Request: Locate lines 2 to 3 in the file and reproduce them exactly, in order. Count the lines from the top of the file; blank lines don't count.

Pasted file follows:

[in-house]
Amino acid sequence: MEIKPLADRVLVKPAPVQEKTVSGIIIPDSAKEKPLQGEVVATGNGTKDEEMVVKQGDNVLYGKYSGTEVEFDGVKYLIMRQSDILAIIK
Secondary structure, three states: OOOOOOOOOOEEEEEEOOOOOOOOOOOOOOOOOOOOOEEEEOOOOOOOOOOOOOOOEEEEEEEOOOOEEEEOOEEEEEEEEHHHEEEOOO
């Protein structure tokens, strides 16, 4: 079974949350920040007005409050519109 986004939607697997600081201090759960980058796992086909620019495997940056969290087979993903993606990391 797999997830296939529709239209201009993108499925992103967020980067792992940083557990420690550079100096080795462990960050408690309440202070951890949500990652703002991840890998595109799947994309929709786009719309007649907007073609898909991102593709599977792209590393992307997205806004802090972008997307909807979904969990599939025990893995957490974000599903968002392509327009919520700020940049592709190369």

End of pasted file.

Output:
Amino acid sequence: MEIKPLADRVLVKPAPVQEKTVSGIIIPDSAKEKPLQGEVVATGNGTKDEEMVVKQGDNVLYGKYSGTEVEFDGVKYLIMRQSDILAIIK
Secondary structure, three states: OOOOOOOOOOEEEEEEOOOOOOOOOOOOOOOOOOOOOEEEEOOOOOOOOOOOOOOOEEEEEEEOOOOEEEEOOEEEEEEEEHHHEEEOOO